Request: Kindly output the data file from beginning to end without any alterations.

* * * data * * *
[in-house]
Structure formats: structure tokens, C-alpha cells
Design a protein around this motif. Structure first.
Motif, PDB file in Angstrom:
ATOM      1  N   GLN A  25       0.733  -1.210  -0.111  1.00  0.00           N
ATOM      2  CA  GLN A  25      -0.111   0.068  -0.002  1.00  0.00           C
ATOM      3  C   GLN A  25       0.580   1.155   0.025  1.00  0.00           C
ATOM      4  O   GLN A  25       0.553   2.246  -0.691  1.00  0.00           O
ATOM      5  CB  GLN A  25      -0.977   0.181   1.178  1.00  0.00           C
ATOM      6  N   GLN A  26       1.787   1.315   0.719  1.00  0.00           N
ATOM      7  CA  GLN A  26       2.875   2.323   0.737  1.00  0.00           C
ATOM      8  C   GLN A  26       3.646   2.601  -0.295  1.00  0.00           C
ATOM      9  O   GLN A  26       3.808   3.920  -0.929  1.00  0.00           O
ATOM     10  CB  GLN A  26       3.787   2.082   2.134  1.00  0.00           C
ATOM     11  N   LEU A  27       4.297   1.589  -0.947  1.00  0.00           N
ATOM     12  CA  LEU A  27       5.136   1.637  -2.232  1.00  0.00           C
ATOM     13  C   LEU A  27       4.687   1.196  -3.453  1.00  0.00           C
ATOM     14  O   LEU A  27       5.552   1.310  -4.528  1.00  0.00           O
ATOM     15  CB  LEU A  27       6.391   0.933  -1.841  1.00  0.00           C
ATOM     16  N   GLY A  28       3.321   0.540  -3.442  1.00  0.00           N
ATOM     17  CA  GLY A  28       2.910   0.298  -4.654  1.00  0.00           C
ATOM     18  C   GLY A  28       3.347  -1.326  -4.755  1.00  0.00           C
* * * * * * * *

[in-house]
Structure formats: structure tokens, C-alpha cells
Design a protein around this motif. Structure first.
Motif, PDB file in Angstrom:
ATOM      1  N   GLN A  25       0.733  -1.210  -0.111  1.00  0.00           N
ATOM      2  CA  GLN A  25      -0.111   0.068  -0.002  1.00  0.00           C
ATOM      3  C   GLN A  25       0.580   1.155   0.025  1.00  0.00           C
ATOM      4  O   GLN A  25       0.553   2.246  -0.691  1.00  0.00           O
ATOM      5  CB  GLN A  25      -0.977   0.181   1.178  1.00  0.00           C
ATOM      6  N   GLN A  26       1.787   1.315   0.719  1.00  0.00           N
ATOM      7  CA  GLN A  26       2.875   2.323   0.737  1.00  0.00           C
ATOM      8  C   GLN A  26       3.646   2.601  -0.295  1.00  0.00           C
ATOM      9  O   GLN A  26       3.808   3.920  -0.929  1.00  0.00           O
ATOM     10  CB  GLN A  26       3.787   2.082   2.134  1.00  0.00           C
ATOM     11  N   LEU A  27       4.297   1.589  -0.947  1.00  0.00           N
ATOM     12  CA  LEU A  27       5.136   1.637  -2.232  1.00  0.00           C
ATOM     13  C   LEU A  27       4.687   1.196  -3.453  1.00  0.00           C
ATOM     14  O   LEU A  27       5.552   1.310  -4.528  1.00  0.00           O
ATOM     15  CB  LEU A  27       6.391   0.933  -1.841  1.00  0.00           C
ATOM     16  N   GLY A  28       3.321   0.540  -3.442  1.00  0.00           N
ATOM     17  CA  GLY A  28       2.910   0.298  -4.654  1.00  0.00           C
ATOM     18  C   GLY A  28       3.347  -1.326  -4.755  1.00  0.00           C